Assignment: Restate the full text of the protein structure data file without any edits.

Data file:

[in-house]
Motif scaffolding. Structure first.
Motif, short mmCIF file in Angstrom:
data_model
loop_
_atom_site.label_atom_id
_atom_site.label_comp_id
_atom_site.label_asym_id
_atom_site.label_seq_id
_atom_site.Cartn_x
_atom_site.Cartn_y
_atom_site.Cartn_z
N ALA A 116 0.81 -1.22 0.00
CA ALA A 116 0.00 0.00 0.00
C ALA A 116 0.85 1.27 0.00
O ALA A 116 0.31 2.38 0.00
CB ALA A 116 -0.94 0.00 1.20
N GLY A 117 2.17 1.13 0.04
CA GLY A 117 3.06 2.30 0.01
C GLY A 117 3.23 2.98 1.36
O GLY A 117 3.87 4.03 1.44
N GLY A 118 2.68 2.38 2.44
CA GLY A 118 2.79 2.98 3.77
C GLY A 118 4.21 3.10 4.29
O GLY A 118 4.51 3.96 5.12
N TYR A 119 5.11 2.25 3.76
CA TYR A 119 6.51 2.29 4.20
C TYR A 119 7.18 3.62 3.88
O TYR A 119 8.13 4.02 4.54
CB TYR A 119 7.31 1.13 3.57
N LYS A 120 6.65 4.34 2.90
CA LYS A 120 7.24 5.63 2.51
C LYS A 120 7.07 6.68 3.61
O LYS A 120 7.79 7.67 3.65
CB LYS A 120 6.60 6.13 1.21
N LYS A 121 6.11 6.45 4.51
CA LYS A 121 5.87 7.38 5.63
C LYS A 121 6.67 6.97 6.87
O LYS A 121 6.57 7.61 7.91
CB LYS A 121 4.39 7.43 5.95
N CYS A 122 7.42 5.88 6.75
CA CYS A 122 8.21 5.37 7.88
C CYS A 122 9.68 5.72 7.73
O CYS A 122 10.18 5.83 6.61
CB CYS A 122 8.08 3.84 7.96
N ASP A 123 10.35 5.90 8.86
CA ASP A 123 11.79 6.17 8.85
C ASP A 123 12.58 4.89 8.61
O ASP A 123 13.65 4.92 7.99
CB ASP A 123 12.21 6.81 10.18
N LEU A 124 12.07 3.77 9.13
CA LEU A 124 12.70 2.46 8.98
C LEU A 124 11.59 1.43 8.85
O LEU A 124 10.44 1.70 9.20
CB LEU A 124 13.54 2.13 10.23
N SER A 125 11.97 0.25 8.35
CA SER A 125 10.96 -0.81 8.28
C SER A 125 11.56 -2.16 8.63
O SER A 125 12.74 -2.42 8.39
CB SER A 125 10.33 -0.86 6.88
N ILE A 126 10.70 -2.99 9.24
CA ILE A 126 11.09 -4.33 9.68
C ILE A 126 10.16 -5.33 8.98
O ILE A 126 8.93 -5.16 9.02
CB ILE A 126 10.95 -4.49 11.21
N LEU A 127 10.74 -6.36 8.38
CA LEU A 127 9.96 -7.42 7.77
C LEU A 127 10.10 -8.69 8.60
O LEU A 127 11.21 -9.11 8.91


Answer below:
[in-house]
Motif scaffolding. Structure first.
Motif, short mmCIF file in Angstrom:
data_model
loop_
_atom_site.label_atom_id
_atom_site.label_comp_id
_atom_site.label_asym_id
_atom_site.label_seq_id
_atom_site.Cartn_x
_atom_site.Cartn_y
_atom_site.Cartn_z
N ALA A 116 0.81 -1.22 0.00
CA ALA A 116 0.00 0.00 0.00
C ALA A 116 0.85 1.27 0.00
O ALA A 116 0.31 2.38 0.00
CB ALA A 116 -0.94 0.00 1.20
N GLY A 117 2.17 1.13 0.04
CA GLY A 117 3.06 2.30 0.01
C GLY A 117 3.23 2.98 1.36
O GLY A 117 3.87 4.03 1.44
N GLY A 118 2.68 2.38 2.44
CA GLY A 118 2.79 2.98 3.77
C GLY A 118 4.21 3.10 4.29
O GLY A 118 4.51 3.96 5.12
N TYR A 119 5.11 2.25 3.76
CA TYR A 119 6.51 2.29 4.20
C TYR A 119 7.18 3.62 3.88
O TYR A 119 8.13 4.02 4.54
CB TYR A 119 7.31 1.13 3.57
N LYS A 120 6.65 4.34 2.90
CA LYS A 120 7.24 5.63 2.51
C LYS A 120 7.07 6.68 3.61
O LYS A 120 7.79 7.67 3.65
CB LYS A 120 6.60 6.13 1.21
N LYS A 121 6.11 6.45 4.51
CA LYS A 121 5.87 7.38 5.63
C LYS A 121 6.67 6.97 6.87
O LYS A 121 6.57 7.61 7.91
CB LYS A 121 4.39 7.43 5.95
N CYS A 122 7.42 5.88 6.75
CA CYS A 122 8.21 5.37 7.88
C CYS A 122 9.68 5.72 7.73
O CYS A 122 10.18 5.83 6.61
CB CYS A 122 8.08 3.84 7.96
N ASP A 123 10.35 5.90 8.86
CA ASP A 123 11.79 6.17 8.85
C ASP A 123 12.58 4.89 8.61
O ASP A 123 13.65 4.92 7.99
CB ASP A 123 12.21 6.81 10.18
N LEU A 124 12.07 3.77 9.13
CA LEU A 124 12.70 2.46 8.98
C LEU A 124 11.59 1.43 8.85
O LEU A 124 10.44 1.70 9.20
CB LEU A 124 13.54 2.13 10.23
N SER A 125 11.97 0.25 8.35
CA SER A 125 10.96 -0.81 8.28
C SER A 125 11.56 -2.16 8.63
O SER A 125 12.74 -2.42 8.39
CB SER A 125 10.33 -0.86 6.88
N ILE A 126 10.70 -2.99 9.24
CA ILE A 126 11.09 -4.33 9.68
C ILE A 126 10.16 -5.33 8.98
O ILE A 126 8.93 -5.16 9.02
CB ILE A 126 10.95 -4.49 11.21
N LEU A 127 10.74 -6.36 8.38
CA LEU A 127 9.96 -7.42 7.77
C LEU A 127 10.10 -8.69 8.60
O LEU A 127 11.21 -9.11 8.91